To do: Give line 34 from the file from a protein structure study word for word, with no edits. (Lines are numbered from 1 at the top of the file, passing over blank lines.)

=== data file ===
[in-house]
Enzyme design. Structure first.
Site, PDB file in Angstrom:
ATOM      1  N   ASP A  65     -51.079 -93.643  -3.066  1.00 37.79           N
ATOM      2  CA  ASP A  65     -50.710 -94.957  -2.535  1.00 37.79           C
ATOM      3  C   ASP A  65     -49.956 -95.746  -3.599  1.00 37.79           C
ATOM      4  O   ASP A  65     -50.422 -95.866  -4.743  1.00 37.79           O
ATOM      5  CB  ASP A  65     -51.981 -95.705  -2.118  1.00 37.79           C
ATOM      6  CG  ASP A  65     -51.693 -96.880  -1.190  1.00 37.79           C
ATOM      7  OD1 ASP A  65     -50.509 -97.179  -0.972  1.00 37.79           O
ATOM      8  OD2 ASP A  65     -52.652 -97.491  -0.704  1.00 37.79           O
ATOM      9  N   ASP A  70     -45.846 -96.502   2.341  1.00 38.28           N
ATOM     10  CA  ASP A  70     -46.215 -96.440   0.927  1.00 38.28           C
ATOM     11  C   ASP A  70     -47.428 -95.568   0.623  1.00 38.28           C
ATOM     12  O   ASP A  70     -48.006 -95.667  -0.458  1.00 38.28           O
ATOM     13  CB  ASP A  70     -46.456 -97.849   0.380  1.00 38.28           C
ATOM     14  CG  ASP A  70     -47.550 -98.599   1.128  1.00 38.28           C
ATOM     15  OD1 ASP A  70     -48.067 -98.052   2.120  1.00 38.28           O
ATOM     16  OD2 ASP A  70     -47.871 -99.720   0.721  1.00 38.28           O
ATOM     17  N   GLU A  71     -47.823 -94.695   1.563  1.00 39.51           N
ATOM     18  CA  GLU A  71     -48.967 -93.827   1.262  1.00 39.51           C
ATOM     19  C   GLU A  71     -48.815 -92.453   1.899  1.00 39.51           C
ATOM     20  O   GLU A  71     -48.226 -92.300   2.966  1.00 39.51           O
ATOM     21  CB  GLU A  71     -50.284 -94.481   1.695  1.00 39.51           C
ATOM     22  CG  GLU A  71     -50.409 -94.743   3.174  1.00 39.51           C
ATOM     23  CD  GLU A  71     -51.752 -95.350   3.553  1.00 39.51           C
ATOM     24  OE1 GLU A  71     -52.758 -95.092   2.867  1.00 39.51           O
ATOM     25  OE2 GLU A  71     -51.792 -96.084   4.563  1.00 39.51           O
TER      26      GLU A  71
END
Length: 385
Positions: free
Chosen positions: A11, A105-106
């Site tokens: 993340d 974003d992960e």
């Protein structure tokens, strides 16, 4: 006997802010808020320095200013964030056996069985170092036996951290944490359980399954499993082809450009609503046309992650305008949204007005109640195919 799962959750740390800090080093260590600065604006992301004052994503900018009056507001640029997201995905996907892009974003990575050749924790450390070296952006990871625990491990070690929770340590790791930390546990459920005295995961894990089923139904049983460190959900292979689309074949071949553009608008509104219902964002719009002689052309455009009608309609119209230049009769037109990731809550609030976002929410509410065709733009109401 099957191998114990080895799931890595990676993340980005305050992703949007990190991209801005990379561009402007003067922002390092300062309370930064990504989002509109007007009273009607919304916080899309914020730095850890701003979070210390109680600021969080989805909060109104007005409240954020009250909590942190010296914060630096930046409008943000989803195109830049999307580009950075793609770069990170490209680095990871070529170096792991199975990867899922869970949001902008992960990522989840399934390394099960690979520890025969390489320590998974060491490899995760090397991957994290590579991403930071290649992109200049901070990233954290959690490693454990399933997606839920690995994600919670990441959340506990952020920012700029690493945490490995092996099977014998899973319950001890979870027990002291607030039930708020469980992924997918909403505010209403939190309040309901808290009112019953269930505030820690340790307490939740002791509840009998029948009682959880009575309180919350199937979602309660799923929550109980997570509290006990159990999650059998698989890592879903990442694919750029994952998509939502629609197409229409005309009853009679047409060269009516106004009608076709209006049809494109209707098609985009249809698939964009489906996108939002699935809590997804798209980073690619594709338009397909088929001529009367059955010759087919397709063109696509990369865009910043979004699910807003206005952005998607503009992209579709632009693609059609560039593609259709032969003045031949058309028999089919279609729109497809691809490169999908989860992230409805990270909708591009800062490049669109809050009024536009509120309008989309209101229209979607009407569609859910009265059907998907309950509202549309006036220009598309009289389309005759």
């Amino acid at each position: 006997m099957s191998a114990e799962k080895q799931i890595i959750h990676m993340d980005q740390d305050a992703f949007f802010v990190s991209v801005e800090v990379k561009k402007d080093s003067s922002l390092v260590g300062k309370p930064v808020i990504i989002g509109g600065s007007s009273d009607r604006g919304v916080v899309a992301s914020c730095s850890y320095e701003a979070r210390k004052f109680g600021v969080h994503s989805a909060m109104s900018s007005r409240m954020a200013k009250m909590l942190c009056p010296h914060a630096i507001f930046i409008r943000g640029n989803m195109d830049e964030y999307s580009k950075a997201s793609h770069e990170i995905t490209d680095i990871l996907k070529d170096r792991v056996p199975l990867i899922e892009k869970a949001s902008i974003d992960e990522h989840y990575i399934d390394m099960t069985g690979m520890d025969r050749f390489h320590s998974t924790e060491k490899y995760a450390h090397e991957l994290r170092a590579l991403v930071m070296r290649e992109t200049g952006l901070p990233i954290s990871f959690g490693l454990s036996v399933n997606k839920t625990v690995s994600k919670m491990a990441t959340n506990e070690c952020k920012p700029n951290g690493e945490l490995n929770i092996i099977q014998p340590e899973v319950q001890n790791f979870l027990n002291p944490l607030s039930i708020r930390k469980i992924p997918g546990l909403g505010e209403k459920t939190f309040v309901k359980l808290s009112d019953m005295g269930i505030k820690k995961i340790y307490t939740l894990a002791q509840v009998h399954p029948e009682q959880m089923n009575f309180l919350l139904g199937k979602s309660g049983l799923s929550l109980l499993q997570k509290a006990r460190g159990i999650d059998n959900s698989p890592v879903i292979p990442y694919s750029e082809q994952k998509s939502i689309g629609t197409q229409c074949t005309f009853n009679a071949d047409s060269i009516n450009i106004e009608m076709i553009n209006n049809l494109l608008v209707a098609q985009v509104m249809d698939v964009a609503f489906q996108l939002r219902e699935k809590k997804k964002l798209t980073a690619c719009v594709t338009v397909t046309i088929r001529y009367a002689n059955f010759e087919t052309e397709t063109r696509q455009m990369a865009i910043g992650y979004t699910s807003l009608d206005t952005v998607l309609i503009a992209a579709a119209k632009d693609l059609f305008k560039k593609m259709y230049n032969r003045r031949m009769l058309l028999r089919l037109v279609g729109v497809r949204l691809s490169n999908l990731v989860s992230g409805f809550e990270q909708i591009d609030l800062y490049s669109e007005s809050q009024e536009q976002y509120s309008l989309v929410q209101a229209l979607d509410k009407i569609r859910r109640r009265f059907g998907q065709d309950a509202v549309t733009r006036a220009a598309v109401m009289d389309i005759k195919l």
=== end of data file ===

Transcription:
């Site tokens: 993340d 974003d992960e």